Arizona Supreme Court intermediaries are helping bring natural families back together again.
PHOENIX – Though she gave him life, she couldn’t give him the life he deserved.
So Sally Baylor, 19 at the time, swallowed bitter tears, said goodbye to her newborn and gave him up for adoption. She didn’t even get a good look at his face.
“They took him from me right at birth,’ Baylor recalled. “I didn’t even know if it was a boy or a girl.’
For 28 years, Baylor had not succeeded in finding any information about her child, because all state adoption records are kept sealed and confidential.
But on Nov. 19, Baylor found help in Karen Crary, a court-appointed researcher with the legal power and expertise to handle adoption files.
Within 40 minutes of research she had found a name for Baylor’s son: Thomas Miller Morgan.
On Dec. 20, she found an address for him in Roanoke, Va. Crary decided to wait a few days before sharing her information, just in case Miller did not want to learn about his mother.
“I did not want to spoil both their Christmases,’ she said.
By Dec. 26, both parties knew about each other and had agreed to make contact. Three days later, they spoke over the phone.
Last Thursday, Miller was expected to meet his mother for the first time at Sky Harbor International Airport.
“She did a miracle for me,’ Baylor said of Crary.
Crary belongs to an elite group of court-appointed investigators who achieve such miracles daily. They are members of the Arizona Supreme Court’s confidential intermediary program, and go by the non-heroic moniker of intermediary.
Intermediaries also are experienced in public records searches and are adept at tracking down people who may have left the state decades ago.
When both parties agree, they can then give each information about the other, sometimes leading to meetings between blood relatives.
In 68 percent of the cases since July 1993, the program’s debut, both parties have agreed to contact each other, by phone, mail or in person, according to Torin Scott, program supervisor.
But the real proof of the program’s success lies with the stories of searches and reunions.
Intermediary Delite Gaddie recalled a search she conducted about a year ago for a 40-year-old man, adopted at birth, who was dying of lung cancer and wanted to find his birth mother before death.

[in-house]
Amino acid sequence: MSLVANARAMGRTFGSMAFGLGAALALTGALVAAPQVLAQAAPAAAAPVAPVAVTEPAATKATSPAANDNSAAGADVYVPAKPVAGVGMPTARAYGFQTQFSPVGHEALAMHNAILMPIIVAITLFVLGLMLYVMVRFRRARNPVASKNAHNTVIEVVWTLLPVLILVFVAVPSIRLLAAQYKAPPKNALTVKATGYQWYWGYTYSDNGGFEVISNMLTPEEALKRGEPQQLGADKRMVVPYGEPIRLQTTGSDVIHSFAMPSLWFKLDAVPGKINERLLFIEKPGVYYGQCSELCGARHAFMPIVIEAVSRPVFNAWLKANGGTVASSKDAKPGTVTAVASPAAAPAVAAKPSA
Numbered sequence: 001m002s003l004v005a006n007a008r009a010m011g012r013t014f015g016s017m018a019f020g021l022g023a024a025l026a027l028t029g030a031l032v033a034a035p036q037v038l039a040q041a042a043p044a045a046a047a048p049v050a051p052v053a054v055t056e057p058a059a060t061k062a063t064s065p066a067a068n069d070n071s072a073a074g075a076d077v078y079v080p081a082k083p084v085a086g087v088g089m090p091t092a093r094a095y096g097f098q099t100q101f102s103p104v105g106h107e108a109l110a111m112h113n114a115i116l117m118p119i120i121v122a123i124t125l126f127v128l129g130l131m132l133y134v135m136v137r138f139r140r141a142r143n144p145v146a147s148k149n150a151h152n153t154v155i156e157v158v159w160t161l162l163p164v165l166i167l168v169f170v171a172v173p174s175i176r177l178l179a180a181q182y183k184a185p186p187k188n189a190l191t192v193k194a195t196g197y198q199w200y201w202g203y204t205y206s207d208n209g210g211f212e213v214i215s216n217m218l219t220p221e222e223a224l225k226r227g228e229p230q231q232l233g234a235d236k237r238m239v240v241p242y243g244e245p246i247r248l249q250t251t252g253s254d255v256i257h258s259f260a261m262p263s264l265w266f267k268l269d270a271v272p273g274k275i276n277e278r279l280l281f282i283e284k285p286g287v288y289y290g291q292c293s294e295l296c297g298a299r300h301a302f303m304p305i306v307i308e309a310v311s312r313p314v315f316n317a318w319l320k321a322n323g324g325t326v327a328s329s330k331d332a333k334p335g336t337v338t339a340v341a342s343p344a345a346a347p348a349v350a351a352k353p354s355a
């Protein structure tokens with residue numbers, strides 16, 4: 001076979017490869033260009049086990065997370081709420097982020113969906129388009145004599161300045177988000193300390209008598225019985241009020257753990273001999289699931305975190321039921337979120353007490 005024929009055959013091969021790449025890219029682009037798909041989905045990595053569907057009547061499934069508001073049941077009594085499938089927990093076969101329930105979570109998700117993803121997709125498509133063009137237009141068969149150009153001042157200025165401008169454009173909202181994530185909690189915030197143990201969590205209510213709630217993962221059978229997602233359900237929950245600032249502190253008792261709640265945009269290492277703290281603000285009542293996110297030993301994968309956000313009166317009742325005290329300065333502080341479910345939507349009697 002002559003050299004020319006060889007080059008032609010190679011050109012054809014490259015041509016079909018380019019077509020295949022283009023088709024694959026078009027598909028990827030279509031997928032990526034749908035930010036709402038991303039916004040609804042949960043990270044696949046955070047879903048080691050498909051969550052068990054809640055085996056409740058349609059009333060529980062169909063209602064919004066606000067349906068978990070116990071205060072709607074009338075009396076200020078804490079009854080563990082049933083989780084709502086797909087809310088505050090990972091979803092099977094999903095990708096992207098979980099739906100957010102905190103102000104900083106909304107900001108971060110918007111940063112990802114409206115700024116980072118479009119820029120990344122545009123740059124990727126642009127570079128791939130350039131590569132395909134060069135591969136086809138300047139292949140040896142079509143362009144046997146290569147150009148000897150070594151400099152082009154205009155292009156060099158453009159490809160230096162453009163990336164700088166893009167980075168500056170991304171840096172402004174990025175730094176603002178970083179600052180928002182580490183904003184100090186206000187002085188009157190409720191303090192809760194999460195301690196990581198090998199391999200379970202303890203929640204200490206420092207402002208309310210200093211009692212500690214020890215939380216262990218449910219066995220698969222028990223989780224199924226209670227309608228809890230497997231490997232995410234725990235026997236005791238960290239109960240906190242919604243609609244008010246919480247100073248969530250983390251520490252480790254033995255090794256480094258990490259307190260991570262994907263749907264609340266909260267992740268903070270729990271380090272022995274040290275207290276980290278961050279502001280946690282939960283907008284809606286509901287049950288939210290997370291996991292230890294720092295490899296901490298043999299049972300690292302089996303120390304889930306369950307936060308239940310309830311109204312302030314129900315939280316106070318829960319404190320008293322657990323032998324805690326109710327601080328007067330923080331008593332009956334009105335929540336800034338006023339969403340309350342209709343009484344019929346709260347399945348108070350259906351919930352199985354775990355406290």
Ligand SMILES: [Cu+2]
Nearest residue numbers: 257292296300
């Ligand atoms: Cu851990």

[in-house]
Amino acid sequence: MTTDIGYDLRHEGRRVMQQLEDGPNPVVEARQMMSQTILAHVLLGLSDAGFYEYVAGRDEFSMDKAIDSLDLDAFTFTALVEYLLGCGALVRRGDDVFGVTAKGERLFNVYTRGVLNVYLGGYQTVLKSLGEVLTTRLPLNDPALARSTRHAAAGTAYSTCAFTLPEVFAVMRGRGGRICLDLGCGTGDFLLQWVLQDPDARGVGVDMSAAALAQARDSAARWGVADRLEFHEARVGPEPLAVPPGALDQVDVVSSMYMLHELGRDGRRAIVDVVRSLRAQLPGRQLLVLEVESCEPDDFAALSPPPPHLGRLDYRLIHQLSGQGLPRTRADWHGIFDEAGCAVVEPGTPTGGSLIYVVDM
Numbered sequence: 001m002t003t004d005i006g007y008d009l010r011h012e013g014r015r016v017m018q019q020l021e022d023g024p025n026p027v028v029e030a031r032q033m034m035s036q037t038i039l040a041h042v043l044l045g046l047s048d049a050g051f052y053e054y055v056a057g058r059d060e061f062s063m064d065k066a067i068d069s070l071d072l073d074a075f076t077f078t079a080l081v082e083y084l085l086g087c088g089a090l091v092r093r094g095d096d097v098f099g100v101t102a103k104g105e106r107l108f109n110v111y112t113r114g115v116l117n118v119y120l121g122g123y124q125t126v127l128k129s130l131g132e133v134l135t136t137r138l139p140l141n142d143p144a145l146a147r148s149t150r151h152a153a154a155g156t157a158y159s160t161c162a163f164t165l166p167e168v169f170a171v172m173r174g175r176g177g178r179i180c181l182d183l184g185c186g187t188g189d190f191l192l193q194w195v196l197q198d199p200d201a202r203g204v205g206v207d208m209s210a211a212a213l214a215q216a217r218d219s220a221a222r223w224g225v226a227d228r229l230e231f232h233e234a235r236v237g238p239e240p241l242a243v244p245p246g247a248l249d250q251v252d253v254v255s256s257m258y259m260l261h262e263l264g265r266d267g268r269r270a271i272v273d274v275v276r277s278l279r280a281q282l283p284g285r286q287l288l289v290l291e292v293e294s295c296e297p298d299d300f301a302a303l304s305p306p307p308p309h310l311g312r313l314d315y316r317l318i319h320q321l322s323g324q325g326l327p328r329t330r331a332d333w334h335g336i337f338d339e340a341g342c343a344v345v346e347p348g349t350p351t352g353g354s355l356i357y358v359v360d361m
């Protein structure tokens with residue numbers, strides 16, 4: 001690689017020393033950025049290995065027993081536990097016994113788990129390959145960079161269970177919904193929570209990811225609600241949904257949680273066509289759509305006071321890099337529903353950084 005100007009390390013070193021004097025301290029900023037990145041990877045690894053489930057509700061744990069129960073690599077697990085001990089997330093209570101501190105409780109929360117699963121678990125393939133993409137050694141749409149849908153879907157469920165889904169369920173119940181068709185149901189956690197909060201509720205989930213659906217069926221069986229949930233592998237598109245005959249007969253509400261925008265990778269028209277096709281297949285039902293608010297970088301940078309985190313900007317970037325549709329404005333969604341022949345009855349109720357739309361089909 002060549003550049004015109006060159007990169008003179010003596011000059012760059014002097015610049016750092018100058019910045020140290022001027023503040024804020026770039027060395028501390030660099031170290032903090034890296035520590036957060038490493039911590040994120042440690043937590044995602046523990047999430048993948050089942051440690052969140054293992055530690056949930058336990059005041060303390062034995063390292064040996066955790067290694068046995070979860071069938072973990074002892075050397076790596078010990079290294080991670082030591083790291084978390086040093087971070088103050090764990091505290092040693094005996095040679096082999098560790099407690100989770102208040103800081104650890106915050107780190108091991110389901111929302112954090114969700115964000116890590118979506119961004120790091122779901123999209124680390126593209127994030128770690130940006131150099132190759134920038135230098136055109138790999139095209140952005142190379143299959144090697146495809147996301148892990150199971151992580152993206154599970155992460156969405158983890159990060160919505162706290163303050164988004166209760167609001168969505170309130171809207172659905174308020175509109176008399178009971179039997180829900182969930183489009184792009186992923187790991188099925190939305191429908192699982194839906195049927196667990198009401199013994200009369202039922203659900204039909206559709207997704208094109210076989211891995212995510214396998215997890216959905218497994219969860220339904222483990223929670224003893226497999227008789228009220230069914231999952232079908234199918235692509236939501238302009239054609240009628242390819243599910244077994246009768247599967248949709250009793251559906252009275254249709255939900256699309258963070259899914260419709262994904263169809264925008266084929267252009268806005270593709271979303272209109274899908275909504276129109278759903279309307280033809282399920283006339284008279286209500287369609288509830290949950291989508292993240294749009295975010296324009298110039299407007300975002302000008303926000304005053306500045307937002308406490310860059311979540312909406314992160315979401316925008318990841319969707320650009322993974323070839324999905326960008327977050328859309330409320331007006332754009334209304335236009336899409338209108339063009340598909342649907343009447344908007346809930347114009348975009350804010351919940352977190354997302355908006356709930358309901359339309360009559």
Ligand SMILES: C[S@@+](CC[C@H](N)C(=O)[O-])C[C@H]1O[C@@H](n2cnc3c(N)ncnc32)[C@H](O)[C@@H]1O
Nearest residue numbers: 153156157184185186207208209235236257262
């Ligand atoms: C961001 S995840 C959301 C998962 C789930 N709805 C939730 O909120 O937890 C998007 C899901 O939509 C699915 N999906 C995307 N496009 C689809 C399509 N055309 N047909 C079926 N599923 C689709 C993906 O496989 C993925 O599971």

Because of confidentiality laws, she did not give the man’s name.
Gaddie had no problem finding the man’s mother, but she did not want to meet her son.
Just when Gaddie had given up, the woman called her back and said she had changed her mind.
“He was able to fly and meet her in her home state,’ Gaddie said.
“He was one week or two from death. This woman, who had needed to give up her son to another mother, was there in his last days to take care of him.
“She bathed him, took care of him just like he was a baby.
“It was just a fulfillment for both,’ she said.
Not all cases end in success. Of the 32 percent that don’t, 8 percent failed when one party refused to cooperate, and another 8 percent failed when the searchers couldn’t find the missing party.
The remaining 16 percent covered parties who had died, adoptions outside Arizona or cases where parties agreed to share only medical records.
Beverly Quidort, an intermediary, recalled such a search from two months ago, where a young woman approached the program to find her birth mother.
Quidort was able to find the mother, who was terminally ill.
She refused to contact her daughter, because she said she was too ill to handle the stress. She had other children since and did not want them to know she had given up a daughter for adoption.
“She wouldn’t even talk. She said she would only sign an document to say that she wouldn’t be bothered again,’ Quidort said.
The adopted daughter was devastated. Though parents have a year from the time of first contact to change their minds, her mother was not likely to live that long.
“Sometimes it can be emotionally draining,’ Quidort said.
“The first search that I did, I dreamed about them every night. I couldn’t get them out of my mind.’
Other intermediaries say their victories and defeats take an emotional toll. They try to avoid the emotional roller coaster by not getting too close to clients.
Regardless of that professional distance, they say the successes motivate them to stay on the job.
Most intermediaries do the work in their spare time, keeping full-time jobs elsewhere. Most earn about $300 per case, volunteering up to half the time they spend on each search.
“They are a very dedicated bunch,’ Scott said.
Meanwhile, Crary was to show up Thursday at Sky Harbor’s Terminal 3. She was taking the afternoon off to meet Miller and witness his reunion with his mother.
“Sally wanted me there,’ she said.
She needed no more reason than that.